金曜セミナー(Sylvain Barbot氏)

Upper-mantle water stratification inferred from observations of the 2012 Indian Ocean earthquake

Prof. Sylvain Barbot (Earth Observatory of Singapore, Nanyang Tecnological University)

Water, the most abundant volatile in Earth’s interior, preserves the young
surface of our planet by catalysing mantle convection, lubricating plate
tectonics and feeding arc volcanism. Since planetary accretion, water has
been exchanged between the hydrosphere and the geosphere, but its depth
distribution in the mantle remains elusive. Water drastically reduces the
strength of olivine and this effect can be exploited to estimate the water
content of olivine from the mechanical response of the asthenosphere to
stress perturbations such as the ones following large earthquakes. Here, we
exploit the sensitivity to water of the strength of olivine, the weakest and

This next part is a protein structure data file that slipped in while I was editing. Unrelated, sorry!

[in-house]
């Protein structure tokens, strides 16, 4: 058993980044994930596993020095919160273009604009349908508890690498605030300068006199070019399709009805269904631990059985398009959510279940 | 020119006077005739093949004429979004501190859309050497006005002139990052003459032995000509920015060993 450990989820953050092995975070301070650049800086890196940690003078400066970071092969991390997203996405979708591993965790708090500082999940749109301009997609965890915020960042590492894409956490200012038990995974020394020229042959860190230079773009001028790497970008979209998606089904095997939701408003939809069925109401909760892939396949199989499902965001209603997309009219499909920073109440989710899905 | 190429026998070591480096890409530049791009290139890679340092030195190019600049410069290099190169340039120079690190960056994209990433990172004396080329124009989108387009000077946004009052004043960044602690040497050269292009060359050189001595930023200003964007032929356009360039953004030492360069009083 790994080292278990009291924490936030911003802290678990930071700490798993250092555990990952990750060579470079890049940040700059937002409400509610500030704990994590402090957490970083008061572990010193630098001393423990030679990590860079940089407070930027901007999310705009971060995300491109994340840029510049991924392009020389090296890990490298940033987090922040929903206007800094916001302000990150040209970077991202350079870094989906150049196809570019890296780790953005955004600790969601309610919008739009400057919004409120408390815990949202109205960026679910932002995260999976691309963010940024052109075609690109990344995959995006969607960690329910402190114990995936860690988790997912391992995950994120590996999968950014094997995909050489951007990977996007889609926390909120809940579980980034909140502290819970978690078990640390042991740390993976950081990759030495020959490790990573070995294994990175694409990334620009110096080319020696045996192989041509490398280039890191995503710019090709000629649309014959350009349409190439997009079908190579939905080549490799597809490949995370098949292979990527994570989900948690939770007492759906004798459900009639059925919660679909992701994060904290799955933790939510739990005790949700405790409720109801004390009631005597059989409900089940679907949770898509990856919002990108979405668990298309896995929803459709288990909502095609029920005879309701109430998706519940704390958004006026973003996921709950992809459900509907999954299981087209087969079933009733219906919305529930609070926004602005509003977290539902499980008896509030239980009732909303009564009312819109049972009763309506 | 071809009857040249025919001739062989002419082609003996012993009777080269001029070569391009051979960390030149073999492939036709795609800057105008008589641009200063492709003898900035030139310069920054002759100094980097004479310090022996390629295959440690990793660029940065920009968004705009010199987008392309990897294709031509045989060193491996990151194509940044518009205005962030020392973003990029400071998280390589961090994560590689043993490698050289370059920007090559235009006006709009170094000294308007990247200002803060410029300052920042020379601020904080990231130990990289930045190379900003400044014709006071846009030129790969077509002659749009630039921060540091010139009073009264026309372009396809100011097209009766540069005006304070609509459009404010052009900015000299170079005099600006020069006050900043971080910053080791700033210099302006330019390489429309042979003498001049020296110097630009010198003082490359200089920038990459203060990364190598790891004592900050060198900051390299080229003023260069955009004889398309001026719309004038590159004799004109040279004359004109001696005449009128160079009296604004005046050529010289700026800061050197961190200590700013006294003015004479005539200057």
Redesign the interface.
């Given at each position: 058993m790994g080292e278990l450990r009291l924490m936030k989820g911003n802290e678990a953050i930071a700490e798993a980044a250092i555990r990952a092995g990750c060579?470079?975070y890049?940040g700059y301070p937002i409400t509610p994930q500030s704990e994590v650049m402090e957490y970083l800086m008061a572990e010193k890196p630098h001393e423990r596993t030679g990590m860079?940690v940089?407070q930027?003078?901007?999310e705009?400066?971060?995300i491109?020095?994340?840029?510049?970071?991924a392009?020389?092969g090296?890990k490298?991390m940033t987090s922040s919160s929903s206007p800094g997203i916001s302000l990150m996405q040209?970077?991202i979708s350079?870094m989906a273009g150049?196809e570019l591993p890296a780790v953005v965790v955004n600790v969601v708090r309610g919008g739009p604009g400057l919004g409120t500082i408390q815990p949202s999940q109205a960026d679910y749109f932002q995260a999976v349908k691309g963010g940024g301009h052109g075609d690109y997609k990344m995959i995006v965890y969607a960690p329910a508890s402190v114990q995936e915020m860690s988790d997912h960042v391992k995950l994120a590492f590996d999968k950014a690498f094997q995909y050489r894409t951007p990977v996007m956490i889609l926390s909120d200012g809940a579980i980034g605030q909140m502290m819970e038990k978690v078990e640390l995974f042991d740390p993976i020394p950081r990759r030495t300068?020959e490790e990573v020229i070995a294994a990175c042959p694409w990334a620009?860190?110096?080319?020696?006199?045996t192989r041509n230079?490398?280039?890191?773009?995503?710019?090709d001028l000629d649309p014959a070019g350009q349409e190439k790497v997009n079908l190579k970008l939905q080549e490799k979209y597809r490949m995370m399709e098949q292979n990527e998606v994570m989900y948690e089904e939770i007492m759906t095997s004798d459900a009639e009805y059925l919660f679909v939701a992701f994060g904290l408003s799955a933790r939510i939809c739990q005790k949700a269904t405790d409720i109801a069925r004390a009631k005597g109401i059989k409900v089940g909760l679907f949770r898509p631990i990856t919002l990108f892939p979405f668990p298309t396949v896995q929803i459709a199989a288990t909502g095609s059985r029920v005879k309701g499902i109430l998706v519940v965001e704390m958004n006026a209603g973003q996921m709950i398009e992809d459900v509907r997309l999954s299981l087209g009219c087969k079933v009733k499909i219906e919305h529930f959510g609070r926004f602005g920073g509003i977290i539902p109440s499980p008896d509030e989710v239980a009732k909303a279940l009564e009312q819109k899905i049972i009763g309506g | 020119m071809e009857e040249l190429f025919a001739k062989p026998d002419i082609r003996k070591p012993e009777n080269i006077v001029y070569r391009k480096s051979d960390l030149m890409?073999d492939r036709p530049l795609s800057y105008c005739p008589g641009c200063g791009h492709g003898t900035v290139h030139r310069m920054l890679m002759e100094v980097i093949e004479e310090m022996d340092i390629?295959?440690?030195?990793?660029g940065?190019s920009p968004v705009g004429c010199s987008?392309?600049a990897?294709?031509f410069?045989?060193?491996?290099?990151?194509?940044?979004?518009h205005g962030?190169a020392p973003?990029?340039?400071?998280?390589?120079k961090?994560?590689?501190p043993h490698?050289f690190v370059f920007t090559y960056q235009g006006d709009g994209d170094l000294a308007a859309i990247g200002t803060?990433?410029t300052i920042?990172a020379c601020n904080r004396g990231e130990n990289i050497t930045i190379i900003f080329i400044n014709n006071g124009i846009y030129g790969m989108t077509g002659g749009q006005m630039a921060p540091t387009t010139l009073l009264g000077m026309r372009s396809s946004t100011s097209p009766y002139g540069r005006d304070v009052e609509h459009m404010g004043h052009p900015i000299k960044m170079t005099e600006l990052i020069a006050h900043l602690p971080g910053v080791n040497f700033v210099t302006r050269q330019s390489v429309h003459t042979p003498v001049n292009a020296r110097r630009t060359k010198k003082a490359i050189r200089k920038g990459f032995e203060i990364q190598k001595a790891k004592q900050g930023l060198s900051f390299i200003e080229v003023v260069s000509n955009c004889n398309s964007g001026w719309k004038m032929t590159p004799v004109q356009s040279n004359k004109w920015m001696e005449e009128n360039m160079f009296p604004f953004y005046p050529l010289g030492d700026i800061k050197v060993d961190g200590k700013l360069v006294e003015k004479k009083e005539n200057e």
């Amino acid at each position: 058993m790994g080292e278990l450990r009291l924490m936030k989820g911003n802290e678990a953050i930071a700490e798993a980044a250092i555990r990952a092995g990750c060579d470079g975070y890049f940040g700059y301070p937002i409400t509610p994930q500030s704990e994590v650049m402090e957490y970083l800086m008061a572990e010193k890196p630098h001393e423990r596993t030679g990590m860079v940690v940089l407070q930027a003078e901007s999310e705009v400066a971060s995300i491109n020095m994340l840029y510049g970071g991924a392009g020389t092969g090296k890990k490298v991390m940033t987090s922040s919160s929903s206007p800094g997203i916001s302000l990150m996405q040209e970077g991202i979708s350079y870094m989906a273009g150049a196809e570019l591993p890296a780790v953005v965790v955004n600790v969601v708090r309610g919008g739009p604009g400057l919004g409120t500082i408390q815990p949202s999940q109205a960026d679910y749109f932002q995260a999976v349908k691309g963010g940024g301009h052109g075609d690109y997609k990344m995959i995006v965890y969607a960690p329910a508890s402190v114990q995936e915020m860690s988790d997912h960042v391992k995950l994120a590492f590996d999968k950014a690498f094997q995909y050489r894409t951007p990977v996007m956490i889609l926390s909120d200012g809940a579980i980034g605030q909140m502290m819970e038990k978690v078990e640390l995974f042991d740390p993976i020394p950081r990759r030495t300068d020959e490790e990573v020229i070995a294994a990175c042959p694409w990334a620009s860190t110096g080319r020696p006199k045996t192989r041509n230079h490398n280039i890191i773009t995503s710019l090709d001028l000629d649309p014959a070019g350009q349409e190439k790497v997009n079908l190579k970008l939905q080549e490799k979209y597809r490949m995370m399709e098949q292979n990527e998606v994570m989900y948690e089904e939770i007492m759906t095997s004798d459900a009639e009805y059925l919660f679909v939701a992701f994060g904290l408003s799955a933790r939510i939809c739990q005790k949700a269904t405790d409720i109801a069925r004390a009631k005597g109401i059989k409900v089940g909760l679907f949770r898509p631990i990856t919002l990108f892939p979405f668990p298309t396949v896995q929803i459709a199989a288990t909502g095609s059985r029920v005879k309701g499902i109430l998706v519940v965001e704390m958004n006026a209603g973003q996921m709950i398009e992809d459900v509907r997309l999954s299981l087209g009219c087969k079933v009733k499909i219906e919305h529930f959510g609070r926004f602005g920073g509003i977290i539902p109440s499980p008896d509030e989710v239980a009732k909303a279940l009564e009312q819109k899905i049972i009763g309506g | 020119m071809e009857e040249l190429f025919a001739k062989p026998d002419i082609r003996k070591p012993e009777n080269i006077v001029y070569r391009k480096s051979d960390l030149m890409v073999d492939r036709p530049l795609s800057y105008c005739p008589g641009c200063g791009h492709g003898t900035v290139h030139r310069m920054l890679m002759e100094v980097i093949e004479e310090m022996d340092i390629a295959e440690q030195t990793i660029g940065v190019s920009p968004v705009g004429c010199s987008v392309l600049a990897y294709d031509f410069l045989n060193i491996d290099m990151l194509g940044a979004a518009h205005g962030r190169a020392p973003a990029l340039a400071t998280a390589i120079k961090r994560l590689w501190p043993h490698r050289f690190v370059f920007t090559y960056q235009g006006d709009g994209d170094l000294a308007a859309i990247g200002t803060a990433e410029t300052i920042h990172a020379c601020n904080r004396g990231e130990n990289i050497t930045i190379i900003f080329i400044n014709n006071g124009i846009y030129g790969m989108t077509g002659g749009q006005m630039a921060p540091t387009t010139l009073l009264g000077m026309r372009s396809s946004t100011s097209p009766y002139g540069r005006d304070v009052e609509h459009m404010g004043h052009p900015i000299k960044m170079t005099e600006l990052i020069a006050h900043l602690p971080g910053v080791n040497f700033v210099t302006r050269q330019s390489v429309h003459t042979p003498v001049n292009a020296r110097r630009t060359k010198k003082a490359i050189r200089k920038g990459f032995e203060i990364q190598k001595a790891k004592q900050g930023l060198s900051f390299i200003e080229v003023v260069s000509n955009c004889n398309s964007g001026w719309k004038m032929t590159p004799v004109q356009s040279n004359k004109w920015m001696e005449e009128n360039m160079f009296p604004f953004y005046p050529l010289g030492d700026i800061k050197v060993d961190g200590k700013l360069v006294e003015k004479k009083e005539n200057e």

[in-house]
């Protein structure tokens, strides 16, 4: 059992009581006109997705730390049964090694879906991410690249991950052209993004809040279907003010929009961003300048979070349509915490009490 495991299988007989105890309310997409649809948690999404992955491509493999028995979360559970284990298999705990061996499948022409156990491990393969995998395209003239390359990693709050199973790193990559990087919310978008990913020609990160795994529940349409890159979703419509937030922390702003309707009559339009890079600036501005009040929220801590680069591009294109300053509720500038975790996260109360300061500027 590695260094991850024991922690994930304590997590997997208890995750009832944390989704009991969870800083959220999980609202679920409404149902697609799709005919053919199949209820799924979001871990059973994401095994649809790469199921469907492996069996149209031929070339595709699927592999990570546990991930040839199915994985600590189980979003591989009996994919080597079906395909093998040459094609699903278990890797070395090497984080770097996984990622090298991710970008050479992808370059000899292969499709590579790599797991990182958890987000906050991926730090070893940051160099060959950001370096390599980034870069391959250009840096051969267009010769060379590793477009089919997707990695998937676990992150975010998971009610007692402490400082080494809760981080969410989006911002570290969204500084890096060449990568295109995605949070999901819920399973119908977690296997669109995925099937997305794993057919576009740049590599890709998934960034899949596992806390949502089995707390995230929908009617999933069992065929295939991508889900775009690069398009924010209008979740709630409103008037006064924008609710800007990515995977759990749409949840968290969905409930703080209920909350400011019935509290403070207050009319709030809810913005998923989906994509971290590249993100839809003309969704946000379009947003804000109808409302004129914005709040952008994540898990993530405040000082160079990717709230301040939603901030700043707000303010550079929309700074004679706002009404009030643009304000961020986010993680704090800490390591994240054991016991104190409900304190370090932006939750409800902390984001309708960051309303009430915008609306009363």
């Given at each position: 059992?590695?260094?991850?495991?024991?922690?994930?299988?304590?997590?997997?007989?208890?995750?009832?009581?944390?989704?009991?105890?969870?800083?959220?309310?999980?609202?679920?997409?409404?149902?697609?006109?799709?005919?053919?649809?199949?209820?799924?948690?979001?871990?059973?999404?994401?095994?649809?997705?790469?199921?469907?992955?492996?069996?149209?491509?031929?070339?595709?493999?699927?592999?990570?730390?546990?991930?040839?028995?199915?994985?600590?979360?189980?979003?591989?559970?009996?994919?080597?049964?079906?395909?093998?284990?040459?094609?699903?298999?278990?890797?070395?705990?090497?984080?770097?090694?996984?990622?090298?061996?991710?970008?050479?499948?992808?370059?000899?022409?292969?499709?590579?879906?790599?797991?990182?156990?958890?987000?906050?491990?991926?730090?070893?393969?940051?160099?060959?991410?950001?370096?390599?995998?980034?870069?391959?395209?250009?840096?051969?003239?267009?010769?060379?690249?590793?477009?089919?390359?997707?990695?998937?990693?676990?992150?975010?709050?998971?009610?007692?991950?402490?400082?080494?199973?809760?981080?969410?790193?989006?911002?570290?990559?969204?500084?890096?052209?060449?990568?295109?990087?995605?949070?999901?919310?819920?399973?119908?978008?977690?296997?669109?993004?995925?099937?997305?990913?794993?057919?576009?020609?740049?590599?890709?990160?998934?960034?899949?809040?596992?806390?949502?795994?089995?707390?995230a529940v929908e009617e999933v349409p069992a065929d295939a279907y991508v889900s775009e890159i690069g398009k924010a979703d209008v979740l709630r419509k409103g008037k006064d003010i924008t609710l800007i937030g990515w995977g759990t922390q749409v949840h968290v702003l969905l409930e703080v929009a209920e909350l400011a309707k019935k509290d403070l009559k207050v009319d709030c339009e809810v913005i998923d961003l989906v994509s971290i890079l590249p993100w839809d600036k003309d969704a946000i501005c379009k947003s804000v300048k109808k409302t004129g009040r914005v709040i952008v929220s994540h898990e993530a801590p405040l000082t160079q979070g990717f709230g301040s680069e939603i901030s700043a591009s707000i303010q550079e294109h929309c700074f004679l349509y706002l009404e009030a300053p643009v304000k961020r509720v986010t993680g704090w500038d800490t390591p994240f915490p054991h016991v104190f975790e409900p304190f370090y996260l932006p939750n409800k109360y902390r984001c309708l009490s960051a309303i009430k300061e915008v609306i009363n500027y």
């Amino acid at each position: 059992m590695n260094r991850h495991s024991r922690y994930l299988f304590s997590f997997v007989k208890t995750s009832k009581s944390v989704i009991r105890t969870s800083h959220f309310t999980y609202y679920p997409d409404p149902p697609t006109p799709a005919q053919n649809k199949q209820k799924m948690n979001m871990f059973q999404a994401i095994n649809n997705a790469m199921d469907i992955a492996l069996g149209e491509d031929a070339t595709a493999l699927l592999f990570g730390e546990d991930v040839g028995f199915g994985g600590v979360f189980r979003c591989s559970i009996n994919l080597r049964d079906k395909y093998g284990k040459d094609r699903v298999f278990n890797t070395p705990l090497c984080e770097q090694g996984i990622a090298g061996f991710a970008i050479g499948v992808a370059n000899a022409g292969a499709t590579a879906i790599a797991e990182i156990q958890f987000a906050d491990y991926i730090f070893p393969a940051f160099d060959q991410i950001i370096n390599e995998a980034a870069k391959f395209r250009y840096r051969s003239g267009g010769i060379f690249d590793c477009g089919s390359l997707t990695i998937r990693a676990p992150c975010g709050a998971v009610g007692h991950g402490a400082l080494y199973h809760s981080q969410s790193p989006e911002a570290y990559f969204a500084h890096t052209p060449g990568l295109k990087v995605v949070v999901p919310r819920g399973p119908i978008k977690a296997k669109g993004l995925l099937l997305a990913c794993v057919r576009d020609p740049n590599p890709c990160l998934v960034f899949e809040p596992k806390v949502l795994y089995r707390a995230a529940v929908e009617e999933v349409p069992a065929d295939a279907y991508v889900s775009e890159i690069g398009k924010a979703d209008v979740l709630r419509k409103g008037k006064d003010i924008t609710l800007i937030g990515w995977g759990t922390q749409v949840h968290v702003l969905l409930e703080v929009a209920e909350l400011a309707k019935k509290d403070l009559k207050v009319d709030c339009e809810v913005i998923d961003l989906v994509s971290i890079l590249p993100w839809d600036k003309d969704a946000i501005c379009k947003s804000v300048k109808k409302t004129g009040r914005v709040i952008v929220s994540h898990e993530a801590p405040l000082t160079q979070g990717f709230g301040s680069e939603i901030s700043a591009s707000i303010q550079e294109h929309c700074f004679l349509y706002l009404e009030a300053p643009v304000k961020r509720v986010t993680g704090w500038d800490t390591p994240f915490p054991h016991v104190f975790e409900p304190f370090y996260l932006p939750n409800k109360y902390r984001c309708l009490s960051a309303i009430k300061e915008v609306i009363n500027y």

most abundant mineral in the upper mantle, and observations of the
exceptionally large (moment magnitude 8.6) 2012 Indian Ocean earthquake to
constrain the stratification of water content in the upper mantle. Taking
into account a wide range of temperature conditions and the transient creep
of olivine, we explain the transient deformation in the aftermath of the
earthquake that was recorded by continuous geodetic stations along Sumatra
as the result of water- and stress-activated creep of olivine. This implies
a minimum water content of about 0.01 per cent by weight-or 1,600 H atoms
per million Si atoms-in the asthenosphere (the part of the upper mantle
below the lithosphere). The earthquake ruptured conjugate faults down to
great depths, compatible with dry olivine in the oceanic lithosphere. We
attribute the steep rheological contrast to dehydration across the
lithosphere-asthenosphere boundary, presumably by buoyant melt migration to
form the oceanic crust.